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AND WE can’t forget Rex Tillerson, the former CEO of Exxon Mobil and secretary of state. Weeks of backbiting and recrimination preceded his exit, time spent in a quiet kind of tension with Trump. Tillerson’s attempts to exercise some degree of autonomy, of standing on the not-inconsiderable power of its authority (an office that is, after all, in the line of presidential succession), all came to nothing. Thanks to some primal twitch in the Trump amygdala, Tillerson was found to have gone too far, to have run afoul of The Donald. Never mind how.

It started with the usual manifestations of TES: not outright, scenery-chewing outrage but a smoldering resentment from the president* couched in passive-aggressive Trump tweets, as well as persistent leaks to the press from “Trump administration officials” about how close to Tillerson’s head the sword of Damocles was positioned. Reports of Tillerson’s pending ouster circulated as early as three months before his departure.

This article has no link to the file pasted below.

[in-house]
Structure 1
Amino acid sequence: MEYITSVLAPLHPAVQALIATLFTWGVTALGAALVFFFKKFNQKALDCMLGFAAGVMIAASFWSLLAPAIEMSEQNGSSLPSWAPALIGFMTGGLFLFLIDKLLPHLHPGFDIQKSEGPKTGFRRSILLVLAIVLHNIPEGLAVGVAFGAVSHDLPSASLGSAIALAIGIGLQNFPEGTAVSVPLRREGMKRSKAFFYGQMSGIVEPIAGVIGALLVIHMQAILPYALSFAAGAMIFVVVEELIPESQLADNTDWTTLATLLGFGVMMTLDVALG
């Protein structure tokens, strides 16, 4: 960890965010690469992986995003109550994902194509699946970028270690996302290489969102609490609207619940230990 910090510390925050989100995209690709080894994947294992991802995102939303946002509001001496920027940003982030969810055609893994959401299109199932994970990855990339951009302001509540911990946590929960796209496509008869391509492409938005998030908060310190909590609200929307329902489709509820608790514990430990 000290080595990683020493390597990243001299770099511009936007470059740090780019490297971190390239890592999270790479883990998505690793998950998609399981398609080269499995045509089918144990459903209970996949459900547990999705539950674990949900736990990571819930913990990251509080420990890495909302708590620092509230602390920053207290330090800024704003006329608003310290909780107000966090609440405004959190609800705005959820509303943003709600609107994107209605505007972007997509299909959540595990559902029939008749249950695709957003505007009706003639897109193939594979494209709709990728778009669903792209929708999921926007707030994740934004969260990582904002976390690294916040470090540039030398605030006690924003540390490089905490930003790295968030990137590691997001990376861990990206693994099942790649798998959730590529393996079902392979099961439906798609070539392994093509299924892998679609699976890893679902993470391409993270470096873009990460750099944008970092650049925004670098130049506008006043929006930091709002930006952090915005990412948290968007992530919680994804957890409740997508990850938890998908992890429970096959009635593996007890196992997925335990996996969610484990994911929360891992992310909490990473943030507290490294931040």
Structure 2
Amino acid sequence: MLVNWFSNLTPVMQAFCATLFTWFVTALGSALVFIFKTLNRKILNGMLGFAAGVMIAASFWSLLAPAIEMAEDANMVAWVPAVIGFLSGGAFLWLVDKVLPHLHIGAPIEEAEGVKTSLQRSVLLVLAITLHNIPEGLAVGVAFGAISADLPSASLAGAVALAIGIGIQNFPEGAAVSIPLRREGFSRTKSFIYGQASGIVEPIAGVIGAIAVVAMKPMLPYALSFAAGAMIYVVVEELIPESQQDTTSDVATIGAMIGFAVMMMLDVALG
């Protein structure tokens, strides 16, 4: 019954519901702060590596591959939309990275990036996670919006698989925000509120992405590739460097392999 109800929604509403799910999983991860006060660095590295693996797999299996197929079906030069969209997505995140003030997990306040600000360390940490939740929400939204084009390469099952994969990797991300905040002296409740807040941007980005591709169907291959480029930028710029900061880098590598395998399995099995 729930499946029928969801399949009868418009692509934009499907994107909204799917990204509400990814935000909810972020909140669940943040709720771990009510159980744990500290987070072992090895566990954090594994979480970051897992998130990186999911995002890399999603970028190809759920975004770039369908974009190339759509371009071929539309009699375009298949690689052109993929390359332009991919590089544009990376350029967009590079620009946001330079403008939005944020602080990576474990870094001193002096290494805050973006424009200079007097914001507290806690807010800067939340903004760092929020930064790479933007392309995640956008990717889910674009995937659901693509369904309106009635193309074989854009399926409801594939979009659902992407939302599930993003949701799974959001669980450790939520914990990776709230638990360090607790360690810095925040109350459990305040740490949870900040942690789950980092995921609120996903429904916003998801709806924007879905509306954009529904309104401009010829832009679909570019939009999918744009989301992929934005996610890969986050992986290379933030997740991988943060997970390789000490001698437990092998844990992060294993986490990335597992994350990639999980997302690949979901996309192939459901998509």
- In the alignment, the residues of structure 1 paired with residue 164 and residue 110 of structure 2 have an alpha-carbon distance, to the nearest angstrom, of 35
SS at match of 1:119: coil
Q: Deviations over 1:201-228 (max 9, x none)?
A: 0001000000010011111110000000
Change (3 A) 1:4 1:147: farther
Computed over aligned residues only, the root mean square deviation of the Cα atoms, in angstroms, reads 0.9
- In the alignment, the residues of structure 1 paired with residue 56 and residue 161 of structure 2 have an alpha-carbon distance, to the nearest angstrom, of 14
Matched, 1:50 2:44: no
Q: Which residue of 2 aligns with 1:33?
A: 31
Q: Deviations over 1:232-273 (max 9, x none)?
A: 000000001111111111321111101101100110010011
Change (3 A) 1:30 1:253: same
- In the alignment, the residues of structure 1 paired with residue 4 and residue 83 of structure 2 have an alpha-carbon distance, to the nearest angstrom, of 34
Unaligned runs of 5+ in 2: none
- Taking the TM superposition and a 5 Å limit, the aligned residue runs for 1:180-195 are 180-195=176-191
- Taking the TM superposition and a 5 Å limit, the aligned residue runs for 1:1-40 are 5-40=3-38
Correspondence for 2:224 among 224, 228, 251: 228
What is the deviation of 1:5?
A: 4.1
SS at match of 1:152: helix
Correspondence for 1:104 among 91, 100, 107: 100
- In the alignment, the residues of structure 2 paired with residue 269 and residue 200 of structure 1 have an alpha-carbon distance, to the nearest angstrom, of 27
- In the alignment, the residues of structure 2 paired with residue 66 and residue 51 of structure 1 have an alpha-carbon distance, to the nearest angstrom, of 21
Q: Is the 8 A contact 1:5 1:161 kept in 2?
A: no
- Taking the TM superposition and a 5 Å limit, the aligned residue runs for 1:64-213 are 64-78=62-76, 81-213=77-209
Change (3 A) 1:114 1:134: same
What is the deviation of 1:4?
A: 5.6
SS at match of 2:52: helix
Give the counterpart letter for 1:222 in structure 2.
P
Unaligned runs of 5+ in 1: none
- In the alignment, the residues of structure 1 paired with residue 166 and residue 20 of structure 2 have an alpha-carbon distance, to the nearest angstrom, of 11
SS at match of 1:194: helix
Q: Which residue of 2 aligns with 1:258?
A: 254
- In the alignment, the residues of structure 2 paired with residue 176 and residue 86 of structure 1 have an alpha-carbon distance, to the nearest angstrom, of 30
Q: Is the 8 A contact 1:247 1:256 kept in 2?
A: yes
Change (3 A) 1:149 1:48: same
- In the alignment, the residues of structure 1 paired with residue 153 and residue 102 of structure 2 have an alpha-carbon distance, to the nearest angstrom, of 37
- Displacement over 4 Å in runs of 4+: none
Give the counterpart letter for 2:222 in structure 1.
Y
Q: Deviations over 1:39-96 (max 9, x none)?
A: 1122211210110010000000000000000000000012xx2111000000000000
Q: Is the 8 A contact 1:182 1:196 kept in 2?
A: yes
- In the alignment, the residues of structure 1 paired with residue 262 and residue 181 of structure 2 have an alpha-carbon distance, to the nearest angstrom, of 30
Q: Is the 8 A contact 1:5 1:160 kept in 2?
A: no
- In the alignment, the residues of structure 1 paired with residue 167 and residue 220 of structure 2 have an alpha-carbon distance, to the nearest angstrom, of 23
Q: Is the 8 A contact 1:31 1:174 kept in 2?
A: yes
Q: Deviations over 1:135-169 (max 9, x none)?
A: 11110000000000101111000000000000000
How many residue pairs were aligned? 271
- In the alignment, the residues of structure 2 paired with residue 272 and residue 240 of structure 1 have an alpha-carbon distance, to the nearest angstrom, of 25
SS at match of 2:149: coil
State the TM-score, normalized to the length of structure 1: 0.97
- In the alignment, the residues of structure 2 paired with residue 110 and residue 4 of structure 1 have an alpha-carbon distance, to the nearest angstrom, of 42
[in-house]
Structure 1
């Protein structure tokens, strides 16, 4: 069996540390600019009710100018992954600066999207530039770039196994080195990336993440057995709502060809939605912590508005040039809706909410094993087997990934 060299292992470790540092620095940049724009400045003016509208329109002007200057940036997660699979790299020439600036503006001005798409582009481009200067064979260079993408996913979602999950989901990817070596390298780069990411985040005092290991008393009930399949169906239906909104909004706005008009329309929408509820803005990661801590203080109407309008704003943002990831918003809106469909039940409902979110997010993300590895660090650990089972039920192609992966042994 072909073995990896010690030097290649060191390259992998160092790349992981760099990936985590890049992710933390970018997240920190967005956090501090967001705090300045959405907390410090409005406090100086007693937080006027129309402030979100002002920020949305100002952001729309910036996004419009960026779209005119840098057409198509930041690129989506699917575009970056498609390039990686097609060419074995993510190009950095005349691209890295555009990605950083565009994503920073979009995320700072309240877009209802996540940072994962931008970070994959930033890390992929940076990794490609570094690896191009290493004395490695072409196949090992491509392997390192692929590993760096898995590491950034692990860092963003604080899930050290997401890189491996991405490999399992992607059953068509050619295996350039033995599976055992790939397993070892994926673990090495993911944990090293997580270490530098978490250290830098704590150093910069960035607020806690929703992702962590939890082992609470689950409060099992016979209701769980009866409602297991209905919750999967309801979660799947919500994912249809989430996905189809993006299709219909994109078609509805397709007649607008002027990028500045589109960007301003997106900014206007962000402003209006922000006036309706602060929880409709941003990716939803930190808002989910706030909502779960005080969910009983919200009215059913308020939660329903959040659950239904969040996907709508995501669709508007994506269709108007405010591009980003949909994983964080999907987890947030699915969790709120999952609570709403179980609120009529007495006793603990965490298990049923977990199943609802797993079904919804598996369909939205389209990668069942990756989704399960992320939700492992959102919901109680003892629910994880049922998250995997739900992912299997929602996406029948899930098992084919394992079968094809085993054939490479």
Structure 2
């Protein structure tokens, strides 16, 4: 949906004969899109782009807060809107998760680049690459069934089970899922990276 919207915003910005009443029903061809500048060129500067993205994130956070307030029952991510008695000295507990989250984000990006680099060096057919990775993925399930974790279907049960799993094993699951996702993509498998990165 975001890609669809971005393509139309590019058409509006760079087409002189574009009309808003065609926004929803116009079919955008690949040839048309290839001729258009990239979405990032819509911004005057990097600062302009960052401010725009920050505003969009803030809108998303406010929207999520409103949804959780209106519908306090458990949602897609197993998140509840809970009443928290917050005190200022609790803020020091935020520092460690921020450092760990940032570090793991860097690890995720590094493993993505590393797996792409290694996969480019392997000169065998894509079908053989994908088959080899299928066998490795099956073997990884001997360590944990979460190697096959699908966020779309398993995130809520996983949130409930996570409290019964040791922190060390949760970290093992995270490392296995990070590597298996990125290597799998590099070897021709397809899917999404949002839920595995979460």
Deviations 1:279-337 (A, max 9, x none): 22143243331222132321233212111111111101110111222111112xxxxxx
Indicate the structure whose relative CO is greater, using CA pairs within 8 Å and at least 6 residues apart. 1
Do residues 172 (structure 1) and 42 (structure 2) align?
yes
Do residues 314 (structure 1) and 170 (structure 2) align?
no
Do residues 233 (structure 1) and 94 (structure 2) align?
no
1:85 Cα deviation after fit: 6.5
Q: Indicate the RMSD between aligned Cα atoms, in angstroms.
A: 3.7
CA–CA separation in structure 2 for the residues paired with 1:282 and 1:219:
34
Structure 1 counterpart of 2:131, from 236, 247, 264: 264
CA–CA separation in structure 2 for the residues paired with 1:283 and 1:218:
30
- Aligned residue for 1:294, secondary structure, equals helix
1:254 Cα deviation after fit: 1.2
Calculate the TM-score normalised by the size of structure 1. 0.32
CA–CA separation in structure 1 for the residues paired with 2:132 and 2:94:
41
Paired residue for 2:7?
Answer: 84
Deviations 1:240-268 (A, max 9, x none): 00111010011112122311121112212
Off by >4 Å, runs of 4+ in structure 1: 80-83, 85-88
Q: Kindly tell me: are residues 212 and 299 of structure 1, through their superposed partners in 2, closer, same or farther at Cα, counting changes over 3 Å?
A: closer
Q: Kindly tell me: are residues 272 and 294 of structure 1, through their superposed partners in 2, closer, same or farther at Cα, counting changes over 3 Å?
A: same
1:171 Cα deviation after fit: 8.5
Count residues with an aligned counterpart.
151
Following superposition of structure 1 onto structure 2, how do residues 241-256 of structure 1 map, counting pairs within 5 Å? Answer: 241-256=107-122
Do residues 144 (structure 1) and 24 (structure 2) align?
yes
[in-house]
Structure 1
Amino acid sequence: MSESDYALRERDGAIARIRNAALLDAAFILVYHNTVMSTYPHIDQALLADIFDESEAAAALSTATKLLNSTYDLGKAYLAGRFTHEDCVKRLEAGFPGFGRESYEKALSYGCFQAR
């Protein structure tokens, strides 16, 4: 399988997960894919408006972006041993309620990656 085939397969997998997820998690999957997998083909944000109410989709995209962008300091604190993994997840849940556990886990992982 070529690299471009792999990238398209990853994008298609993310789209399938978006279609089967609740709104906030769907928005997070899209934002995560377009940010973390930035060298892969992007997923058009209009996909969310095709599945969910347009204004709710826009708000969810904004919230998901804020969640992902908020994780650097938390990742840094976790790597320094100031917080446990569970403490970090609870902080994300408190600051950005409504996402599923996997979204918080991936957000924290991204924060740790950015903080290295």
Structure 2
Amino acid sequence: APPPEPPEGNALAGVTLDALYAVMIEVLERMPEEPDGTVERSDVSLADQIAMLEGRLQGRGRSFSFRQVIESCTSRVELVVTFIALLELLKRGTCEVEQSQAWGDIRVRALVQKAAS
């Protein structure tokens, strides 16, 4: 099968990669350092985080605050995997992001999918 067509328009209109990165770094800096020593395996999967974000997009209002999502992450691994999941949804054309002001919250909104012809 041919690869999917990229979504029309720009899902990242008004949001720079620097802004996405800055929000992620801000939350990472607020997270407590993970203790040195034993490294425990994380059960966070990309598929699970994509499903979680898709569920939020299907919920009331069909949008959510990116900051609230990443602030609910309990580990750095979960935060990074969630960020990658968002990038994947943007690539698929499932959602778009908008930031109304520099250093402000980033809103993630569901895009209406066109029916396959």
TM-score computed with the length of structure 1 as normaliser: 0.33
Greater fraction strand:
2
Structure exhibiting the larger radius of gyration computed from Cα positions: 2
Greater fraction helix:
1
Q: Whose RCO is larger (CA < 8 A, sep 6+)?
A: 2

In December, Bloomberg reported James Norton, a former deputy assistant secretary of Homeland Security under President George W. Bush saying that “[t]he administration’s foreign policy team seems “to be working with two voices, that of President Trump’s Twitter voice and the rest of the administration, so credibility of cabinet members and their negotiating power is always an issue.”

Not for long. Early March 13, as Tillerson returned from a trip to north Africa, he found out he'd been dumped, from Kelly, who (according to different sources) dropped the guillotine blade on Tillerson over the phone while the secretary of state was in the can.

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And it may be about to be Coats’ turn. It’d be especially galling if it’s true, since Coats has been a loyal Trump operative from the beginning. Coats may be dismissed for doing nothing more or less than acting as a symbol of order in a house known for disorder.

It started, of course, when Coats took umbrage with Trump’s actions in Helsinki, as the president stood next to Russian President Vladimir Putin and basically pledged allegiance to the dictator.

“We have been clear in our assessments of Russian meddling in the 2016 election and their ongoing, pervasive efforts to undermine our democracy, and we will continue to provide unvarnished and objective intelligence in support of our national security,” Coats wrote in a statement that managed to elude the green eyeshades of the Spin Police in the West Wing.